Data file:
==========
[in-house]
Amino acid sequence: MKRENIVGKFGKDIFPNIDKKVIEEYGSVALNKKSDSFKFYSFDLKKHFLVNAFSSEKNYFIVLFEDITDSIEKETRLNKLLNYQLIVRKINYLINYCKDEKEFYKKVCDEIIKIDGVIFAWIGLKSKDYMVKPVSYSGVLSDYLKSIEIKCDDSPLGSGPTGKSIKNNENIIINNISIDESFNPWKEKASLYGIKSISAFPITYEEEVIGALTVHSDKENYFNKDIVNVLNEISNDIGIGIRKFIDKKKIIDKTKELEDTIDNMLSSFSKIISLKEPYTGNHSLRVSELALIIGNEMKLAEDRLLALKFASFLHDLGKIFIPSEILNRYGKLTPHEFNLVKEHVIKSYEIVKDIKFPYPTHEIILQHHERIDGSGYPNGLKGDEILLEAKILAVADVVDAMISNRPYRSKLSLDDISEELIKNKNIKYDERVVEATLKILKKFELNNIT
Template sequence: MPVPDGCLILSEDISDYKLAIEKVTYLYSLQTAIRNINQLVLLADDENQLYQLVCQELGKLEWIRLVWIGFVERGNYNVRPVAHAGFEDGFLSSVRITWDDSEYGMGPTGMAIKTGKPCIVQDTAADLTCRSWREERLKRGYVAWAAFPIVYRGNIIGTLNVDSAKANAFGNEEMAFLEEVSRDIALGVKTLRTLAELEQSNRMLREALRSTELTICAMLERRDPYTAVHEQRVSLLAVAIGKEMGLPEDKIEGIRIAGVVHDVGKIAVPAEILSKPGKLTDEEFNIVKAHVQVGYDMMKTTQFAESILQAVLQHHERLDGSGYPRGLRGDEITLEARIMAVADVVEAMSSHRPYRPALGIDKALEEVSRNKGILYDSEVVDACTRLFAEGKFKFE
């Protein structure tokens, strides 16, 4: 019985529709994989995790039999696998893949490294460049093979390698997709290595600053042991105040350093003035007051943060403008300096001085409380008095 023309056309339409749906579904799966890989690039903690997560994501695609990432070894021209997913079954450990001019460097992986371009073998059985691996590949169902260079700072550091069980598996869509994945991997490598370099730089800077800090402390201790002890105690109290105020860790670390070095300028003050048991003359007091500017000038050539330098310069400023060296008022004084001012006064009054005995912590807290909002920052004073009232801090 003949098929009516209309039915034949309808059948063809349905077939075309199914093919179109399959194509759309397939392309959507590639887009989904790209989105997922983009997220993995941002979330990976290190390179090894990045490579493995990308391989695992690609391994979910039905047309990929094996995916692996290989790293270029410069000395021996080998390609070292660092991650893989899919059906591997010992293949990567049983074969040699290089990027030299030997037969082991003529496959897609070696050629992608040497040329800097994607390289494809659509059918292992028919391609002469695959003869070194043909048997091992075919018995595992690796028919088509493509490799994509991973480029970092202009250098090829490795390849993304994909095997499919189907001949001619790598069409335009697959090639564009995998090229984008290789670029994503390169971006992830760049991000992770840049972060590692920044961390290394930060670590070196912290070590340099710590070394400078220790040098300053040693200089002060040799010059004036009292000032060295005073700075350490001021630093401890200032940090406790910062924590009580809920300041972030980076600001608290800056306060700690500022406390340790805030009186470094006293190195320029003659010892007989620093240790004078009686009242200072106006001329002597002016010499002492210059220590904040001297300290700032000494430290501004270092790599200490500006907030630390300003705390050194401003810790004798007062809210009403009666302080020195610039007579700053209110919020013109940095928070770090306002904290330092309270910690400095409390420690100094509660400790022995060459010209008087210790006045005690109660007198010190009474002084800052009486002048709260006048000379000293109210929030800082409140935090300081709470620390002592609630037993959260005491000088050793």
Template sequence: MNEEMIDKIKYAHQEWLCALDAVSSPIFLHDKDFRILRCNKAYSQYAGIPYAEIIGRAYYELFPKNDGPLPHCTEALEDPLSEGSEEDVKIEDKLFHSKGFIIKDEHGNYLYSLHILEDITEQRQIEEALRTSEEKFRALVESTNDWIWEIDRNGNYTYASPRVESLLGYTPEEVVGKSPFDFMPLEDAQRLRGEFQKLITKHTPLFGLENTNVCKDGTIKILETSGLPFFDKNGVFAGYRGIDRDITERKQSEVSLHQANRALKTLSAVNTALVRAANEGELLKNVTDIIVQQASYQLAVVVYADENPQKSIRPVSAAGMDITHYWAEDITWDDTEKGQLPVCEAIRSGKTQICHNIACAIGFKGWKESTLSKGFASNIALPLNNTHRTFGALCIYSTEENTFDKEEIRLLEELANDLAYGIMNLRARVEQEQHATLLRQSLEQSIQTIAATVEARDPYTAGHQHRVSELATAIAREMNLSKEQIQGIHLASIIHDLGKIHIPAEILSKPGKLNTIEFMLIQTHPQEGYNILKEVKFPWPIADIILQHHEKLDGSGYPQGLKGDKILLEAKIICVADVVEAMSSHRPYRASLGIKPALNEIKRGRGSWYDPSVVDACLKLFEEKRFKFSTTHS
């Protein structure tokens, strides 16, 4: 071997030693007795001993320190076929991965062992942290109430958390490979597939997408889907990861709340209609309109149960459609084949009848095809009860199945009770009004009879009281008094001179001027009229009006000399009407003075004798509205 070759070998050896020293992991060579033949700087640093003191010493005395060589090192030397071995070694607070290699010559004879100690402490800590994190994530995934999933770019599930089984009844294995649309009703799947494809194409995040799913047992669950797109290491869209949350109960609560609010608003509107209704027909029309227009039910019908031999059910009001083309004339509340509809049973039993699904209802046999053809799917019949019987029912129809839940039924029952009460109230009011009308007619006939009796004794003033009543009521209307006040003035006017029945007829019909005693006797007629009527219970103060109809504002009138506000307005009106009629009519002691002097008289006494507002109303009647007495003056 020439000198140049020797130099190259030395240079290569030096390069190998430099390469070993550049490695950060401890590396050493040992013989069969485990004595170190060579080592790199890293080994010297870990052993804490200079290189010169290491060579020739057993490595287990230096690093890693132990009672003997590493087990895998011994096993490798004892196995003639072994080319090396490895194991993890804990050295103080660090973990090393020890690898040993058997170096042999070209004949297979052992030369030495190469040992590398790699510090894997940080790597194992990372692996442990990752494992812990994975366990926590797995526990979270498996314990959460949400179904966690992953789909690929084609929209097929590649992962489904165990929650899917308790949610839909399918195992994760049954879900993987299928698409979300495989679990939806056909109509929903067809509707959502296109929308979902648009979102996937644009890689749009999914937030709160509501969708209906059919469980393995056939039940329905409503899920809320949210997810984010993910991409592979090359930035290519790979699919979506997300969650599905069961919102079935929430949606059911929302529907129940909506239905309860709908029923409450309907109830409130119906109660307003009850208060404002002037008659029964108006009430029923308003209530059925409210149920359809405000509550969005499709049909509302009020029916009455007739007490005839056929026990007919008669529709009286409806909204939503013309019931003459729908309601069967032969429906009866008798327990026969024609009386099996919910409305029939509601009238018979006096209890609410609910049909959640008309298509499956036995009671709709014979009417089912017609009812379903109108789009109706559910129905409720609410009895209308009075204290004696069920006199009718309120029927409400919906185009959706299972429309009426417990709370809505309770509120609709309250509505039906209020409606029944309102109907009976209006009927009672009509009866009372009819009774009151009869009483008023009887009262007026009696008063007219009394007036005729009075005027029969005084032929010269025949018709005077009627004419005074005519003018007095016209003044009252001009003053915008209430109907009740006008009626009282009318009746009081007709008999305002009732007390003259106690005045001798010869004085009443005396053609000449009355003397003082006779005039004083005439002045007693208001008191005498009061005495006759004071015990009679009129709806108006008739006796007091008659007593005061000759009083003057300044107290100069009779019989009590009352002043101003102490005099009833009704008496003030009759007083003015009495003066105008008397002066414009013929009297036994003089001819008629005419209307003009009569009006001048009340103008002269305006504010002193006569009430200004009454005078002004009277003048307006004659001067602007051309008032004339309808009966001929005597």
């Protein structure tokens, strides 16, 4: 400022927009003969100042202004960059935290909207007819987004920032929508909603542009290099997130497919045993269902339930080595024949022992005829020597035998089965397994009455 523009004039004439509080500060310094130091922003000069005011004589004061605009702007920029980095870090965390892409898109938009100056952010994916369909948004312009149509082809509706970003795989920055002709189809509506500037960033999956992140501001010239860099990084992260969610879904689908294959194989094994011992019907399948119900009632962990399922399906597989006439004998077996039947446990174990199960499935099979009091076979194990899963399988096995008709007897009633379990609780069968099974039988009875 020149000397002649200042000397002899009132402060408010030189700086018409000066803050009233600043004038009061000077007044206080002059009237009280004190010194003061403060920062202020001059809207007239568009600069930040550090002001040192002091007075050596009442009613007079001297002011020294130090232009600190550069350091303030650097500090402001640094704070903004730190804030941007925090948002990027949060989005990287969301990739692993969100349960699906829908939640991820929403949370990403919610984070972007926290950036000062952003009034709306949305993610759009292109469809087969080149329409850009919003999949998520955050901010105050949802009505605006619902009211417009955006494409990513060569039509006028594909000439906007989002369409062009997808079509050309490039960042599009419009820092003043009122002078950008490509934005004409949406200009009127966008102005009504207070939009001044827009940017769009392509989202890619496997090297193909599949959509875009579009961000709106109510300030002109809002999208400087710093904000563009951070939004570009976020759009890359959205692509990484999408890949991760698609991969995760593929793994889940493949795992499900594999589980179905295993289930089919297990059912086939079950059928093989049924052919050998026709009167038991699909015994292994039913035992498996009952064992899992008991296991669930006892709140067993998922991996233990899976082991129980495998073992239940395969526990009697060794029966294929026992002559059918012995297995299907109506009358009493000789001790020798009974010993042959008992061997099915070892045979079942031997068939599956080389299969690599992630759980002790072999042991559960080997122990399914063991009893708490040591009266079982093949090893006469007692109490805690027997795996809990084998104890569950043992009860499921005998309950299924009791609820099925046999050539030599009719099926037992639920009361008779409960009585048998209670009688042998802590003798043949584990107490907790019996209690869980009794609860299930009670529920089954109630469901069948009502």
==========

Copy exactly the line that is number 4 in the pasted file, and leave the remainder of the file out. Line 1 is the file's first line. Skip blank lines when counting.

């Protein structure tokens, strides 16, 4: 019985529709994989995790039999696998893949490294460049093979390698997709290595600053042991105040350093003035007051943060403008300096001085409380008095 023309056309339409749906579904799966890989690039903690997560994501695609990432070894021209997913079954450990001019460097992986371009073998059985691996590949169902260079700072550091069980598996869509994945991997490598370099730089800077800090402390201790002890105690109290105020860790670390070095300028003050048991003359007091500017000038050539330098310069400023060296008022004084001012006064009054005995912590807290909002920052004073009232801090 003949098929009516209309039915034949309808059948063809349905077939075309199914093919179109399959194509759309397939392309959507590639887009989904790209989105997922983009997220993995941002979330990976290190390179090894990045490579493995990308391989695992690609391994979910039905047309990929094996995916692996290989790293270029410069000395021996080998390609070292660092991650893989899919059906591997010992293949990567049983074969040699290089990027030299030997037969082991003529496959897609070696050629992608040497040329800097994607390289494809659509059918292992028919391609002469695959003869070194043909048997091992075919018995595992690796028919088509493509490799994509991973480029970092202009250098090829490795390849993304994909095997499919189907001949001619790598069409335009697959090639564009995998090229984008290789670029994503390169971006992830760049991000992770840049972060590692920044961390290394930060670590070196912290070590340099710590070394400078220790040098300053040693200089002060040799010059004036009292000032060295005073700075350490001021630093401890200032940090406790910062924590009580809920300041972030980076600001608290800056306060700690500022406390340790805030009186470094006293190195320029003659010892007989620093240790004078009686009242200072106006001329002597002016010499002492210059220590904040001297300290700032000494430290501004270092790599200490500006907030630390300003705390050194401003810790004798007062809210009403009666302080020195610039007579700053209110919020013109940095928070770090306002904290330092309270910690400095409390420690100094509660400790022995060459010209008087210790006045005690109660007198010190009474002084800052009486002048709260006048000379000293109210929030800082409140935090300081709470620390002592609630037993959260005491000088050793």